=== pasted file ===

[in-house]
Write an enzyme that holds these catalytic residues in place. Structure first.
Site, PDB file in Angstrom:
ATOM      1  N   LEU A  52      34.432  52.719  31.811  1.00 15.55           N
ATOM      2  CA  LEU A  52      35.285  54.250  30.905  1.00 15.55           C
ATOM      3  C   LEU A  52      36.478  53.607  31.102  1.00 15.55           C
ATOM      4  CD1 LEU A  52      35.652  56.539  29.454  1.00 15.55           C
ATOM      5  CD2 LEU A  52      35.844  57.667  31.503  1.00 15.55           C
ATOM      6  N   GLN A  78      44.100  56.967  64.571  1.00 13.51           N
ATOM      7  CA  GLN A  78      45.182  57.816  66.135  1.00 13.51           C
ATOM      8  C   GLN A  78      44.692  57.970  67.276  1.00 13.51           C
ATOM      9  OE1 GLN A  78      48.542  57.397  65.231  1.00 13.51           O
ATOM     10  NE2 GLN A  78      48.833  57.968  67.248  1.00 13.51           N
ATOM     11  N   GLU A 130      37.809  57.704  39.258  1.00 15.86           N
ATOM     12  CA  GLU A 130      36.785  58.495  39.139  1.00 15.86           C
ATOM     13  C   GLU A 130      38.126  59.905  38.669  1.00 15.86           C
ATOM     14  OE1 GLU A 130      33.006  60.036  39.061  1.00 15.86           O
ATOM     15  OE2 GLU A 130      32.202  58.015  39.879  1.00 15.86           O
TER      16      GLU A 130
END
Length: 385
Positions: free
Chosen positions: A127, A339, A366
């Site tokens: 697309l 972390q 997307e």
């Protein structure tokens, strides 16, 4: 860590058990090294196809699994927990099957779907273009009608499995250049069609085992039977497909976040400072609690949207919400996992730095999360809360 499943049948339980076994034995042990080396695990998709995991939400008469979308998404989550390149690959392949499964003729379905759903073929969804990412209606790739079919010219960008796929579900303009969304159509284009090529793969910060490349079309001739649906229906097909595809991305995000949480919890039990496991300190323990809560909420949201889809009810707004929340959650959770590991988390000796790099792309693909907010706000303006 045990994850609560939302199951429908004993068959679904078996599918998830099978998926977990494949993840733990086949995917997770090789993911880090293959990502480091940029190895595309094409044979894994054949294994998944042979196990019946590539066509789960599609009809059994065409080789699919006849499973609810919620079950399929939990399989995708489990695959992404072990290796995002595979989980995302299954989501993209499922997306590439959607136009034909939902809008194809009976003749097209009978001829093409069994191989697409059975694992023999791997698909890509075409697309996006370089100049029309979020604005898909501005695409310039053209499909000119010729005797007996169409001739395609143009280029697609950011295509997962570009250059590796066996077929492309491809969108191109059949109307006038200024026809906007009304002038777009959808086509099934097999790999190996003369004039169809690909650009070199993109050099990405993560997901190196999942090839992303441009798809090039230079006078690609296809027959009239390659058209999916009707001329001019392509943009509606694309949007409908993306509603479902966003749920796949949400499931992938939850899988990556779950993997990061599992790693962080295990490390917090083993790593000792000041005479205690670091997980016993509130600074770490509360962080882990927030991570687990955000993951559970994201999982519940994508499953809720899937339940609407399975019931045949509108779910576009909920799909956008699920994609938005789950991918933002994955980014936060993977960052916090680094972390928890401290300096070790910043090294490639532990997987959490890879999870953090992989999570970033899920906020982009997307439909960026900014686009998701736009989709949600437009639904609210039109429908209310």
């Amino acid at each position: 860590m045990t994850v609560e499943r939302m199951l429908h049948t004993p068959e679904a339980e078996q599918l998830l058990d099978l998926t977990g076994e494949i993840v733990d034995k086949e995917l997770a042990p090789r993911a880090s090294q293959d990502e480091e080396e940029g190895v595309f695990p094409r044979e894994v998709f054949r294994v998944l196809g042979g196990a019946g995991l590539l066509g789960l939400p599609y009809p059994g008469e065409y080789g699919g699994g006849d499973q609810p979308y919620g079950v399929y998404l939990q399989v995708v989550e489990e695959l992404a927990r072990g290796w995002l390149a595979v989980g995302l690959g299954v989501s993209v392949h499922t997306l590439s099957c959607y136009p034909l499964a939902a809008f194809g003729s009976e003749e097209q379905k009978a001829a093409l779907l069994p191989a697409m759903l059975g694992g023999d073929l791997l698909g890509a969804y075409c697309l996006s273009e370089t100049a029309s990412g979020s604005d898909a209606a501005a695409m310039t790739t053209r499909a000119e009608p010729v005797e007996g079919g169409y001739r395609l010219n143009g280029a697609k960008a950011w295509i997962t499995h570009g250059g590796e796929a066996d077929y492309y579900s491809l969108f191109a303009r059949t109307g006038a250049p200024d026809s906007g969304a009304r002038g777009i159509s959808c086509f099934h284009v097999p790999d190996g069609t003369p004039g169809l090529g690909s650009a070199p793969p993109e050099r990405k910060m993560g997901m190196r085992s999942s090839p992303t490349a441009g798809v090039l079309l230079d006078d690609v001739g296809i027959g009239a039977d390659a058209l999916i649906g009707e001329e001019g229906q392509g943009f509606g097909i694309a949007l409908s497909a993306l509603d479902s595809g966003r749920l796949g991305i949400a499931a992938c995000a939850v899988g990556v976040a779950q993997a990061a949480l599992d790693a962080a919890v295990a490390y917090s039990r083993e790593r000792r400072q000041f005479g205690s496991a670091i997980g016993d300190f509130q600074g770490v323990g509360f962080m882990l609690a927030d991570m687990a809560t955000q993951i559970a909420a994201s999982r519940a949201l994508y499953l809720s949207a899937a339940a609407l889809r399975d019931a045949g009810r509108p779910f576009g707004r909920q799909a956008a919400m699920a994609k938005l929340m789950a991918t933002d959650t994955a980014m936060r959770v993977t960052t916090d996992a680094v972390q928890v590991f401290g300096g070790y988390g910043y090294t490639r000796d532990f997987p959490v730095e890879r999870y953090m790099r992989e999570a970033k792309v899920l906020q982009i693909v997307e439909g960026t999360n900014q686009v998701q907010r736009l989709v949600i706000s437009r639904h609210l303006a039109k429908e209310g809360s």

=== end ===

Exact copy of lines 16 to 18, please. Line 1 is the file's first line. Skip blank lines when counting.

ATOM     13  C   GLU A 130      38.126  59.905  38.669  1.00 15.86           C
ATOM     14  OE1 GLU A 130      33.006  60.036  39.061  1.00 15.86           O
ATOM     15  OE2 GLU A 130      32.202  58.015  39.879  1.00 15.86           O